Delegates at this year’s Annual Representative Conference heard about the benefits of credit unions. Mark Lyonette outlines their role.
The festive season is almost upon us, and, for many, overdrafts and credit cards will fund this year’s gifts and celebrations – followed by a distinctive type of new year hangover when we stop to work out how we’re going to pay for it all.
And that’s before we think about all the other planned and unplanned expenses that put pressure on household finances these days. For many people, money is a source of real worry, and money-related stress is having a serious impact on the nation’s health.
Research conducted by StepChange Debt Charity in 2014 estimated that the annual cost of problem debt to the British economy was £8.3 billion.
This included a direct cost of almost £1 billion to the NHS for the treatment of debt-related health issues, and a loss of £2.3 billion to the economy from absence and low productivity related to debt worries.
So it’s clearly in everyone’s interests to help people get – and stay – on top of their finances. And one of the best ways to do that is to join a credit union. A credit union is a member-owned financial institution that provides savings accounts, loans and a range of services to its members.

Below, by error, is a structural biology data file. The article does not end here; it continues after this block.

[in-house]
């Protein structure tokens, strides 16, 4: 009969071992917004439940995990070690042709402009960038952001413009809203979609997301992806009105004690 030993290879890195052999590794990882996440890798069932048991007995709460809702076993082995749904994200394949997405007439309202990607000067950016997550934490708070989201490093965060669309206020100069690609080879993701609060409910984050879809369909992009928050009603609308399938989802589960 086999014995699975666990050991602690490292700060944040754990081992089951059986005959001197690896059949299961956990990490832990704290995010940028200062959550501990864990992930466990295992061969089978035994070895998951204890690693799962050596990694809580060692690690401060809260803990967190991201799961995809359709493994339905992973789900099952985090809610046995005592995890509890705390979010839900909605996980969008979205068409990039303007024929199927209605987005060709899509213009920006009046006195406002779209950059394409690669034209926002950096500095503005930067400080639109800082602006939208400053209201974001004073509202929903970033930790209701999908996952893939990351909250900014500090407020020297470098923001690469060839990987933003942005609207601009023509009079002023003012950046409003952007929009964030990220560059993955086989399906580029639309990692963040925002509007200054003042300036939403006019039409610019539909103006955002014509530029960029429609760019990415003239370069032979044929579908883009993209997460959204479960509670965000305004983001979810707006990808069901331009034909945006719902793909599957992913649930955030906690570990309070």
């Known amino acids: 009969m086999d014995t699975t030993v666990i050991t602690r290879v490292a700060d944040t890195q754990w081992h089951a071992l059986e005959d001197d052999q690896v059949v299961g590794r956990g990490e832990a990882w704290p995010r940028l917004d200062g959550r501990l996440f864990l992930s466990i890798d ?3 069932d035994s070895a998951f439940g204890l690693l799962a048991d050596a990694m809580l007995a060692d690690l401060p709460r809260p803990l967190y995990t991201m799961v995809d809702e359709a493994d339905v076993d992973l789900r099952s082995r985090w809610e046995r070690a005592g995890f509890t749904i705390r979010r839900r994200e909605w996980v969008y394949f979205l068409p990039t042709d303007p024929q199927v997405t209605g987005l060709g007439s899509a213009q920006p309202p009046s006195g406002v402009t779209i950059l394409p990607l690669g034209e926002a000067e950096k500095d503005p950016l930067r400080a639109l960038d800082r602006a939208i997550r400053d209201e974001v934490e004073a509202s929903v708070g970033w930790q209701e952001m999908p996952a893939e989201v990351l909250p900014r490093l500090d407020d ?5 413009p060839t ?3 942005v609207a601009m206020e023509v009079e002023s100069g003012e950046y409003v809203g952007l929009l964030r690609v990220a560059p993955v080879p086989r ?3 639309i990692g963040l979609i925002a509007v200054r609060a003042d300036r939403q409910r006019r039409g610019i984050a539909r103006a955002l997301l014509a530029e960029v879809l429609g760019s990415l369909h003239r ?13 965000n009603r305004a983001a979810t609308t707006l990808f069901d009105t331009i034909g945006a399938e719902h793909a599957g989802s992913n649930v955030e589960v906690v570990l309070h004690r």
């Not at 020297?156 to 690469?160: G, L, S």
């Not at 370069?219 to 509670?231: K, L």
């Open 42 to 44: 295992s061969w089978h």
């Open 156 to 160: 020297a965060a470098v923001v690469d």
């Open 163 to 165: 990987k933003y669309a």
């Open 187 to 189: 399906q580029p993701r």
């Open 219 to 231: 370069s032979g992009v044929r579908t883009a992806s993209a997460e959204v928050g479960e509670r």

Britain’s credit unions already serve over 1.25 million people from all walks of life. Over the last decade, credit union lending has doubled to more than £760 million, and deposits have trebled to more than £1.2 billion.
Which credit unions you can join depends on where you live or work or the employer or industry you work in. You can search for credit unions you can join here.
As well as providing a face-to-face service in communities around the country, more and more credit unions are partnering with employers so that staff can save or repay loans direct from their payroll.
Major public sector employers, such as local councils, the NHS, the Department for Work and Pensions and the Armed Forces, already offer this service, and we’re seeing more private sector employers recognise the value of helping their staff manage their money with a credit union.
Household names, including British Airways, Stagecoach, First Group and Royal Mail, let their employees pay into credit unions direct from payroll.
Saving straight from your monthly pay is the easiest possible way to get into a saving habit, and repaying loans direct from payroll gives credit unions more confidence to make loans when other providers might say no.
So joining a credit union today could make next Christmas – and all the other financial challenges life throws at us – feel a lot more under control.
- Mark Lyonette is chief executive of the Association of British Credit Unions Limited
AuthorMark Lyonette chief executive of the Association of British Credit Unions Limited
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